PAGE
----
- Impossible Foods is introducing Impossible Pork and Impossible Sausage, the startup’s first all-new products since the Impossible Burger launched in 2016. The company is offering its first taste of the new items at the International Consumer Electronics Show in Last Vegas.
- The faux meat maker said Impossible Pork can be used in any recipe that calls for ground pork. Impossible said the product offers people the taste and nutrition of pork, among other things. Compared to a 4- ounce serving of traditional pork, the plant-based item has one fewer gram of protein (16 grams), 19 fewer grams of total fat (13 grams), no cholesterol and 130 fewer calories (220 calories).
- Impossible Sausage will debut in late January exclusively at 139 Burger King restaurants in five test regions as part of the Impossible Croissan’wich.
As plant-based meats have increased in popularity, the fast-growing segment has predominately focused on beef-like substitutes from companies such as Impossible, Beyond Meat and most recently Nestlé's Awesome Burger, which hit the market last fall. Now, Impossible is shaking up the meat space again with a new pork product touted as "a plant-based upgrade to the world’s most ubiquitous meat."
Pork is the most widely consumed meat globally, controlling 40% of consumption in 2018, according to the Pork Checkoff, citing data from the USDA. Chicken was second at 33% followed by beef at 21%.
Plant-based pork products could be particularly attractive as it would be immune to diseases that have impacted swine around the world in recent years, including the United States and most recently in China, the world's largest consumer and importer of the meat. African swine fever killed nearly five million pigs across six Asian countries over a 12-month period, the Food and Agriculture Organization (FAO) of the United Nations said in August. In China alone, roughly half of its pig population has been lost to swine fever.
“Impossible Foods cracked meat’s molecular code — starting with ground beef, which is intrinsic to the American market. Now we’re accelerating the expansion of our product portfolio to more of the world’s favorite foods,” Pat Brown, Impossible Foods' CEO, said in a statement. “We won’t stop until we eliminate the need for animals in the food chain and make the global food system sustainable.”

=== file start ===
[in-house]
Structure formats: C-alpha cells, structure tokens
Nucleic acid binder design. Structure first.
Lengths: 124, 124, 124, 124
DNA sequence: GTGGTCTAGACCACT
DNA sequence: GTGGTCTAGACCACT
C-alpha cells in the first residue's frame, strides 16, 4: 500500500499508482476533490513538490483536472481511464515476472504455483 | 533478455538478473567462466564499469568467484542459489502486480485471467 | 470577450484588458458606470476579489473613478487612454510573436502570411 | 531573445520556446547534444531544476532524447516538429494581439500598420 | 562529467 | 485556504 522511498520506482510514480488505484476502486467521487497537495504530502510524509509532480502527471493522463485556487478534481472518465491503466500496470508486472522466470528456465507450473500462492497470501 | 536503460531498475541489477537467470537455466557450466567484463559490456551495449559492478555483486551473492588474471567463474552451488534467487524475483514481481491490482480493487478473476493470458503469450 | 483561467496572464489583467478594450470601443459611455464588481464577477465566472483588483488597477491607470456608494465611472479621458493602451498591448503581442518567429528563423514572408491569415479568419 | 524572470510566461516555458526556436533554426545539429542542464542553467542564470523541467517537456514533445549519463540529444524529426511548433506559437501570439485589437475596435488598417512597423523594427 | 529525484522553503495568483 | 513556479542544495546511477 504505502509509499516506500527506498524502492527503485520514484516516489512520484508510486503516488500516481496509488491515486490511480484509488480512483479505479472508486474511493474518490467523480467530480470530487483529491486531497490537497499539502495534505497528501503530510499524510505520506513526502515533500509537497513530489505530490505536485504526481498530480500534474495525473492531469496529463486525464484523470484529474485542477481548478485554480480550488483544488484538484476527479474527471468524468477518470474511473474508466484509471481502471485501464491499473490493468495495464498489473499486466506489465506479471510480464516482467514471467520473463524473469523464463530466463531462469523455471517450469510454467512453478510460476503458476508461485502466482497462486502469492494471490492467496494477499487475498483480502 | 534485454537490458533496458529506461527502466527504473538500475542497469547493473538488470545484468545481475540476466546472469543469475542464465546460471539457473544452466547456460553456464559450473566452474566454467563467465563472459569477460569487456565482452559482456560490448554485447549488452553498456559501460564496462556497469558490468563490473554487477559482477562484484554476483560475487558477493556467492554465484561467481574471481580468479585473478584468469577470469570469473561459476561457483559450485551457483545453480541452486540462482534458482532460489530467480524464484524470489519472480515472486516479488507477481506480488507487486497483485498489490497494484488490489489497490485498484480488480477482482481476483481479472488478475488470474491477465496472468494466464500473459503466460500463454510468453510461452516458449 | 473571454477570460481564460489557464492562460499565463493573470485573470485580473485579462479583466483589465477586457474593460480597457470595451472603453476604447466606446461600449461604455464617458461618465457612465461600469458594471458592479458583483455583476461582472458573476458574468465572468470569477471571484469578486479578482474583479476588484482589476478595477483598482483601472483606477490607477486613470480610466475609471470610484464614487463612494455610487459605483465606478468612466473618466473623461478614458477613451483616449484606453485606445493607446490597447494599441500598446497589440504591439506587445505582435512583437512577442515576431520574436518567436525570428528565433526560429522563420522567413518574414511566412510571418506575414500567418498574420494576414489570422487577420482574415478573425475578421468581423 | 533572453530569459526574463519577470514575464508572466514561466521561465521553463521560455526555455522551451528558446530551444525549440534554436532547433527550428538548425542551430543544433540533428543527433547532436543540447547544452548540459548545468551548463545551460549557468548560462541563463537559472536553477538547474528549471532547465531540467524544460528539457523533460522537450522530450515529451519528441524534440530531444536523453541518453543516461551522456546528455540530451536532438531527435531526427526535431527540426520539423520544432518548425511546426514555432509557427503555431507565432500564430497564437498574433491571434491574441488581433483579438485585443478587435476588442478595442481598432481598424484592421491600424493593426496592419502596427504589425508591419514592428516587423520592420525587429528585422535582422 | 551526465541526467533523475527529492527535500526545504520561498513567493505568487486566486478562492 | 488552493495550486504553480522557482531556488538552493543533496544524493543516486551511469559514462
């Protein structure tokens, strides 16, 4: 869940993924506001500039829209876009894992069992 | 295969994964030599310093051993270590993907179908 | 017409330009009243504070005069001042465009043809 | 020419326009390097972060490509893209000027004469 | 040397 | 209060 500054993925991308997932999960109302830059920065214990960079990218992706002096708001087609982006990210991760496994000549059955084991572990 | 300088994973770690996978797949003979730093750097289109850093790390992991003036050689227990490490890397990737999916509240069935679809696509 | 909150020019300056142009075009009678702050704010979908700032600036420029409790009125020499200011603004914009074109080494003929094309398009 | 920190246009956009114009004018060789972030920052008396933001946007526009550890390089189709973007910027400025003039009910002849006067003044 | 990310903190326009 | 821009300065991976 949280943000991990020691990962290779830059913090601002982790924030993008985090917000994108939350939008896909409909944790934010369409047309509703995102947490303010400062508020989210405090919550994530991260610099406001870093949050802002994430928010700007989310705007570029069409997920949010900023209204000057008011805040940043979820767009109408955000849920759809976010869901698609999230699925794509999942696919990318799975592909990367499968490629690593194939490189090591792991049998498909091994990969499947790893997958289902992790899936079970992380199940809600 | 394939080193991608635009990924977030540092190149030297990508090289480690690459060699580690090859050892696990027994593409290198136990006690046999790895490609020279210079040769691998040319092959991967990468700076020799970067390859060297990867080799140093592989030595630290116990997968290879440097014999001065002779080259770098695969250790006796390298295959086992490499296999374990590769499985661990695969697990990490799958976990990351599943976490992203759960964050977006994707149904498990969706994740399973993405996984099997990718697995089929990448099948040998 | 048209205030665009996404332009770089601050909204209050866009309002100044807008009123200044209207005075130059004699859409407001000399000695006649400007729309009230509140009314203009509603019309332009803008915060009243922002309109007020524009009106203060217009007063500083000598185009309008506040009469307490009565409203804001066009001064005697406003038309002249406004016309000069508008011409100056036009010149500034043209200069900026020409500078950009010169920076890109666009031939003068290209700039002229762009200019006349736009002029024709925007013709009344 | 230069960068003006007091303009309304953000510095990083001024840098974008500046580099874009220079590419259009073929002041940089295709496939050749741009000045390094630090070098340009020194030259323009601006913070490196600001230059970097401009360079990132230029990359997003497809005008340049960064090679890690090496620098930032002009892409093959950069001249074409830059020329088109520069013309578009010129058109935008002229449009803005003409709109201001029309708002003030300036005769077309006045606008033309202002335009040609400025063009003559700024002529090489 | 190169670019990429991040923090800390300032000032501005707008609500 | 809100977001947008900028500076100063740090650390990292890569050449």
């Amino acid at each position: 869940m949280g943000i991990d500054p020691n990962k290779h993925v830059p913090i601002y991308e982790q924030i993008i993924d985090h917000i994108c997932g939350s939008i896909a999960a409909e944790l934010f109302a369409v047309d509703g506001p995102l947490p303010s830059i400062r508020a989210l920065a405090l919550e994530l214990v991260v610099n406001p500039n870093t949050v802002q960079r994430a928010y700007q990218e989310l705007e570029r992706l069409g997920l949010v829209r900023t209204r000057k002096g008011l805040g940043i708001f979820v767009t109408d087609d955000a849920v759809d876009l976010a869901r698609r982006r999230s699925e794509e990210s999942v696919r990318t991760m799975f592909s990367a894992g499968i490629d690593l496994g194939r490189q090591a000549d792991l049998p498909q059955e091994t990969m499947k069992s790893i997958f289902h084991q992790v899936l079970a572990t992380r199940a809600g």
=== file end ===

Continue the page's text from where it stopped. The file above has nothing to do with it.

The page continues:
Newer versions of plant-based meats have worked to replicate the real thing as much as possible in order to attract more carnivores to the space — a key factor to help sustain growth and drive additional revenue. Plant-based hamburgers were the primary focus before producers branched out into other areas such as tuna, shrimp and chicken.
As Impossible and other makers of plant-based products improve technology and amass research and knowledge, it makes sense for them to move into other areas. Expanding into other forms of meat, seafood or poultry presumably draws more consumers to the space while wooing those who already eat the products — attracting, for example, a person who has enjoyed plant-based beef and is willing to sample a faux version of pork as well.
In addition to pork, Impossible is introducing its own sausage variety that will pit it against fellow upstart Beyond Meat. The Beyond Meat sausage, which was introduced in December 2017, has been sold in restaurants, including Tim Hortons and Dunkin'.
For Impossible, the company is testing out its own sausage at 139 Burger King restaurants. It's a logical move for Impossible, which has a close working relationship already with Burger King. The fast food giant tried out Impossible's burger at nearly 60 locations in its Impossible Whopper before rolling it out to all of its 7,200 stores. The Impossible Whopper was a huge success, becoming one of the most successful rollouts in Burger King's history. Impossible has introduced its products first in restaurants; while the company's faux beef it debuted in 2016 only moved into retail outlets last September.
While Impossible will likely have a valuable early advantage with its pork offering, plant-based sausages are more widely available. The reason, most likely, is the spices enable manufacturers to mask some of the plant-based flavor that may give it a different taste compared to traditional animal-based varieties. Ultimately, for plant-based companies to succeed it boils down to taste and if more consumers will be willing to eat their product compared to a competitors — regardless of whether its made with plants or comes from animals.